The Gospel of Luke 6:17-26
Jesus came down with the twelve apostles and stood on a level place, with a great crowd of his disciples and a great multitude of people from all Judea, Jerusalem, and the coast of Tyre and Sidon. They had come to hear him and to be healed of their diseases; and those who were troubled with unclean spirits were cured. And all in the crowd were trying to touch him, for power came out from him and healed all of them.
Then he looked up at his disciples and said: “Blessed are you who are poor, for yours is the kingdom of God. “Blessed are you who are hungry now, for you will be filled. “Blessed are you who weep now, for you will laugh. “Blessed are you when people hate you, and when they exclude you, revile you, and defame you on account of the Son of Man. Rejoice in that day and leap for joy, for surely your reward is great in heaven; for that is what their ancestors did to the prophets.”
“But woe to you who are rich, for you have received your consolation. “Woe to you who are full now, for you will be hungry. “Woe to you who are laughing now, for you will mourn and weep. “Woe to you when all speak well of you, for that is what their ancestors did to the false prophets.”
Let us Pray: Heavenly father each day we thank you for your Son, Jesus our Savior. We thank Him for words we need to live by and words that show us how to love those who in this world need our support as you gave your support to those who were considered undesirable. This we pray in your Name. Amen
There is some Speculation if this sermon is the same as Matthew’s. Does it really matter? What is important is the message. The Beatitudes are often described as a framework for Christian living. Our vocation as Christians is not to be first in this world, but rather to be first in the eyes of God. We are challenged to examine our present situation which is finding the Kingdom of God.
This is His most well-known teaching, “The Beatitudes,” Jesus presents the qualities that make for a happy or blessed life. As Luke reports the teaching, four times Jesus pronounces blessings on people with these four qualities and four times He pronounces woes on people with the opposite qualities. To be blessed is to have inner joy and happiness because God’s favor is upon you. To have woe is to have sorrow and pain because God is against you. Thus, Jesus is showing us how to be supremely happy or supremely miserable. They are a way to teach about who will find favor with God. The word blessed in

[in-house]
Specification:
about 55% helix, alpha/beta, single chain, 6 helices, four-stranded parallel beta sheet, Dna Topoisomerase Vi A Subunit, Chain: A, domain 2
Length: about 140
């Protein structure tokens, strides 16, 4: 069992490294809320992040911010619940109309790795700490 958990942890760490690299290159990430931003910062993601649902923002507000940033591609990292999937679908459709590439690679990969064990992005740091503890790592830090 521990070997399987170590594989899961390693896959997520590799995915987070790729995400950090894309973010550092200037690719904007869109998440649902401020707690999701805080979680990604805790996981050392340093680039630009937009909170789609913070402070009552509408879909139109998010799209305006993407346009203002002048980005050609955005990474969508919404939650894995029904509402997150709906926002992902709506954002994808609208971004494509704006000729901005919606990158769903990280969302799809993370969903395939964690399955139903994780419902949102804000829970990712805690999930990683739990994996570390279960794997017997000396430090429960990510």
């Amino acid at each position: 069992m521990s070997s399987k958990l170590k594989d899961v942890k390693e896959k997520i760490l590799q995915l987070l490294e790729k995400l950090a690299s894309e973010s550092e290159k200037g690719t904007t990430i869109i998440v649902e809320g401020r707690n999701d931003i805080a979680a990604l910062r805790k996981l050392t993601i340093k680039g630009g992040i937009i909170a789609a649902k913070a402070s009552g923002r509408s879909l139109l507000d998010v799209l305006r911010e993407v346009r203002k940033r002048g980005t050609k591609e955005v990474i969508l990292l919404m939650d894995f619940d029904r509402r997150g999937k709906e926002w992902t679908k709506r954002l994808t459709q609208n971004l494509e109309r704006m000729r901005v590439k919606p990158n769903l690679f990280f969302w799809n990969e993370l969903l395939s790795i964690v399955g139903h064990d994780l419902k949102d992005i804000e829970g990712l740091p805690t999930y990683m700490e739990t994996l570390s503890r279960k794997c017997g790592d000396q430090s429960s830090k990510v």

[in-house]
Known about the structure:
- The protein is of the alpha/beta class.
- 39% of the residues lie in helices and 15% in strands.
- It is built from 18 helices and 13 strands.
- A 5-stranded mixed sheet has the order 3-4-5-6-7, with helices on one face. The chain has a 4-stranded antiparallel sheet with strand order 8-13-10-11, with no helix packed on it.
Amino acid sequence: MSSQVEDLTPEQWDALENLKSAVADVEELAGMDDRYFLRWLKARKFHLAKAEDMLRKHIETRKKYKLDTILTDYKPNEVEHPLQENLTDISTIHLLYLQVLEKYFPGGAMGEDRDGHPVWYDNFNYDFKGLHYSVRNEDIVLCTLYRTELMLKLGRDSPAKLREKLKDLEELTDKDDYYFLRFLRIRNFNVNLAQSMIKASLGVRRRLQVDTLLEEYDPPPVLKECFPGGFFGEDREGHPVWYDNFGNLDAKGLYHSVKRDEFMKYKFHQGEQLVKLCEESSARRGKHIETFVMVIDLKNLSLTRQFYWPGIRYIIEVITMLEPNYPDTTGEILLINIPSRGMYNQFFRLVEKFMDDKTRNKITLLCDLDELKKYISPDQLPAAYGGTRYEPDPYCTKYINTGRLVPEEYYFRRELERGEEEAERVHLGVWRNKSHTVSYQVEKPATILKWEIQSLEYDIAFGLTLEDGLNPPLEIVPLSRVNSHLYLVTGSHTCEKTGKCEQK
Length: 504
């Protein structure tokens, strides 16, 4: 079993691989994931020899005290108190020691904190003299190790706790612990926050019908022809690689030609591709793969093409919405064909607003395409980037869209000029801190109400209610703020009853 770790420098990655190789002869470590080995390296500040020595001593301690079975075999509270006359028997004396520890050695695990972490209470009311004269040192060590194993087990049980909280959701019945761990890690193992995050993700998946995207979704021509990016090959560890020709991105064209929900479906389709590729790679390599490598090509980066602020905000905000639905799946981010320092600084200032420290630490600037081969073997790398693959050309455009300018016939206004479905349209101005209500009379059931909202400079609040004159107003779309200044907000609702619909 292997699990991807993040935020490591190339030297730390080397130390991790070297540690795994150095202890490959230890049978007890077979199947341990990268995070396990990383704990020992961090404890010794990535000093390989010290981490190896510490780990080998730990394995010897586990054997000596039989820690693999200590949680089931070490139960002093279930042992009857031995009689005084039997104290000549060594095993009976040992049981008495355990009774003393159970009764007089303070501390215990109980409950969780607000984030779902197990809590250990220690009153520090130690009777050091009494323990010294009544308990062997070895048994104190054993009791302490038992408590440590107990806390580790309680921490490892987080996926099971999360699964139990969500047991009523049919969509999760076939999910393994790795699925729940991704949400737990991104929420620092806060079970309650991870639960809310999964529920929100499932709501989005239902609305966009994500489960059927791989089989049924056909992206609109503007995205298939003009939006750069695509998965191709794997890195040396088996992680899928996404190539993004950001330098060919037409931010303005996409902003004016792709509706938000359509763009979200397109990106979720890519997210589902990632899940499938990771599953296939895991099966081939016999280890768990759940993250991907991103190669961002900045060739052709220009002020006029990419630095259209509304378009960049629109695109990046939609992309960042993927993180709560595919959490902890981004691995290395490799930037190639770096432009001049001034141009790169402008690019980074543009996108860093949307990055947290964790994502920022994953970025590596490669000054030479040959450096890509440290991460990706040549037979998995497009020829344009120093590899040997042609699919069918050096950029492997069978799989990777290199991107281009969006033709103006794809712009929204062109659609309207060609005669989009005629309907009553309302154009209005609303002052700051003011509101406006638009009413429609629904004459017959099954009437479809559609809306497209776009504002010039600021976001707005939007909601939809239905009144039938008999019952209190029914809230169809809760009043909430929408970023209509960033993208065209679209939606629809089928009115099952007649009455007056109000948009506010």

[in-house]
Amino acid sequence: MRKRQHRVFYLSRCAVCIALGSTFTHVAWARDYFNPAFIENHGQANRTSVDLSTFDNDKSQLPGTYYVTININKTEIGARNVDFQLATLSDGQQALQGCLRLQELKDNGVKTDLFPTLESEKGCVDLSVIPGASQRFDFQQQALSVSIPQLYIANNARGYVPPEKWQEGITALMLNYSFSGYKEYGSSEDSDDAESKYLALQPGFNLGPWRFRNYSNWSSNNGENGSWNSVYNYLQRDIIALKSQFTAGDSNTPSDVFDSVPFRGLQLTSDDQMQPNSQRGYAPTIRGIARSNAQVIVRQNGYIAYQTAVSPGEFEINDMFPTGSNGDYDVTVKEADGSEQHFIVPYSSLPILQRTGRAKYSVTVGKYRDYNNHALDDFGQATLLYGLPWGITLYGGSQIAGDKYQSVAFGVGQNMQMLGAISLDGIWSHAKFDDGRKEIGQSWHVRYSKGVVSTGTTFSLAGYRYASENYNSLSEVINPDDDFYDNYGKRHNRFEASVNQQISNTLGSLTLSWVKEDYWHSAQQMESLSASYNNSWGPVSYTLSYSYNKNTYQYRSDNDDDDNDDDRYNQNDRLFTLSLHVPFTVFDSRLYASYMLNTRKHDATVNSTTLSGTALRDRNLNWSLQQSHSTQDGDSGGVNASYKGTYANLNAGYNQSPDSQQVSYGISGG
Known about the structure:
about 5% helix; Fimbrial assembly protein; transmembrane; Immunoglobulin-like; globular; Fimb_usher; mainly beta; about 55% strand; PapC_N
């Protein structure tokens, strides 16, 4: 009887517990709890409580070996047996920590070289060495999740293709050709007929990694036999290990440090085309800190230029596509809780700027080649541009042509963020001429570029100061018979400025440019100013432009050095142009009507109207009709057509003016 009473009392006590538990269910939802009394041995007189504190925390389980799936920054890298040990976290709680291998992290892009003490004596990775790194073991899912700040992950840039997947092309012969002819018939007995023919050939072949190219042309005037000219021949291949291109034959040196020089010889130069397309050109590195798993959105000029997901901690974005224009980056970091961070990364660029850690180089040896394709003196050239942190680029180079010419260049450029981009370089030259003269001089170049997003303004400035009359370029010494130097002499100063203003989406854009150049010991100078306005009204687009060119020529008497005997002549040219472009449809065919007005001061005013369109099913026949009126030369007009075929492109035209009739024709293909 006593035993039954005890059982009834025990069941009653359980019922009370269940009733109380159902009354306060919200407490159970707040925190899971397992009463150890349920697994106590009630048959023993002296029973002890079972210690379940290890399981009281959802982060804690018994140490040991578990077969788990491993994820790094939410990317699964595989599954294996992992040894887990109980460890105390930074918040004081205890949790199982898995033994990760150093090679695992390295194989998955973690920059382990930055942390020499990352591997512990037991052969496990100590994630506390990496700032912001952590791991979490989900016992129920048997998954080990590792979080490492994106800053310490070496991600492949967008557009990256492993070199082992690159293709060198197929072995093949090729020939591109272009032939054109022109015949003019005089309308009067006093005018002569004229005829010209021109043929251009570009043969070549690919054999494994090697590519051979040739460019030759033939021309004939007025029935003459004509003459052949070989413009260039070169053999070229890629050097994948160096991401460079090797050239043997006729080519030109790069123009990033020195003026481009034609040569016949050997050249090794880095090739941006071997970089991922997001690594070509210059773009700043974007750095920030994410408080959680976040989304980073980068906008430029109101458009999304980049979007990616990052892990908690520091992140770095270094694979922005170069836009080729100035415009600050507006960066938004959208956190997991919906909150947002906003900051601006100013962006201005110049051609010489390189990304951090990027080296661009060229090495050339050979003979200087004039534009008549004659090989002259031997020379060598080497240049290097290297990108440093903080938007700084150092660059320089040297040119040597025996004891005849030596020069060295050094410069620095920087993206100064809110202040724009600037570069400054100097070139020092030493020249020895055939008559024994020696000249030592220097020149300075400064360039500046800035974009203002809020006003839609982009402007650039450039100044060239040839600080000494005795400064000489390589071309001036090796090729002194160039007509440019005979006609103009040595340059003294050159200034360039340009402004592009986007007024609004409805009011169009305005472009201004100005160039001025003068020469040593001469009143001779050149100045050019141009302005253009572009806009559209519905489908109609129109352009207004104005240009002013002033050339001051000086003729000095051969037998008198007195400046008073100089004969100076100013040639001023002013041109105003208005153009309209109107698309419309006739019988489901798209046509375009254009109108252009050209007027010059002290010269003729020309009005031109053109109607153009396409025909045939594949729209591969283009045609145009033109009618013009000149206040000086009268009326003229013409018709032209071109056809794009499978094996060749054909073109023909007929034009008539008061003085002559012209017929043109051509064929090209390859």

this context might be translated as “happy,” “fortunate,” or “favored.” This sermon is one instance of Jesus teaching about the Kingdom and true religion. As we read this Gospel, the Beatitudes jar our sensibilities. Those who are poor, hungry, weeping, or persecuted are called blessed. This is, indeed, a Gospel of reversals. Those often thought to have been forgotten by God are called blessed. In the list of “woes,” those whom we might ordinarily describe as blessed by God are warned about their peril. Riches, possessions, laughter, reputation, these are not things that we can depend upon as sources of eternal happiness. They not only fail to deliver on their promise; our misplaced trust in them will lead to our demise. The ultimate peril is in misidentifying the source of our eternal happiness. Often, we associate the word “blessing” with happiness or good fortune. But it holds a bit deeper of a meaning. It is beyond the superficial or even material possessions; it is a word more closely connected sense of unity with God in an eternal sense, relating to righteousness and being in right relationship with our creator. These four pairings, blessings and woes, challenge us to look at our lives and our world with new eyes. They challenge us to clarify our values and examine what are the things in life that we will take a stand to sustain a faithful living. Packed into these verses are very real instructions for the disciples, including those of us who claim to follow Christ today, to reorient our relationships and reverse the social, economic, and political injustices that surround us so that we might live most fully into the reign of God here and now. And, in the end, that is what the Beatitudes call us to a better understanding of what it looks like for God to reign, a God who sees all of God’s creation as beloved and blessed and calls us to be in a community that models such a perspective. These words from Luke are not a gospel of comfort, but a gospel of challenge to embrace the world with the love and eyes of Jesus. Woe to those of us who miss the opportunity to be a part of such a world. Blessed be the ones who can live in the upside-down world of God, for them the kingdom of God is revealed.
Let us Pray: Loving Father, source of every blessing, you have given us a world full of Glory. In gratitude and thanks, we return these gifts to you. Bless them with your manifold grace, and multiply them in your mercy, that they may go forth to heal a world trapped in loneliness and isolation. In the name of the one who leads us into life, we pray. Amen.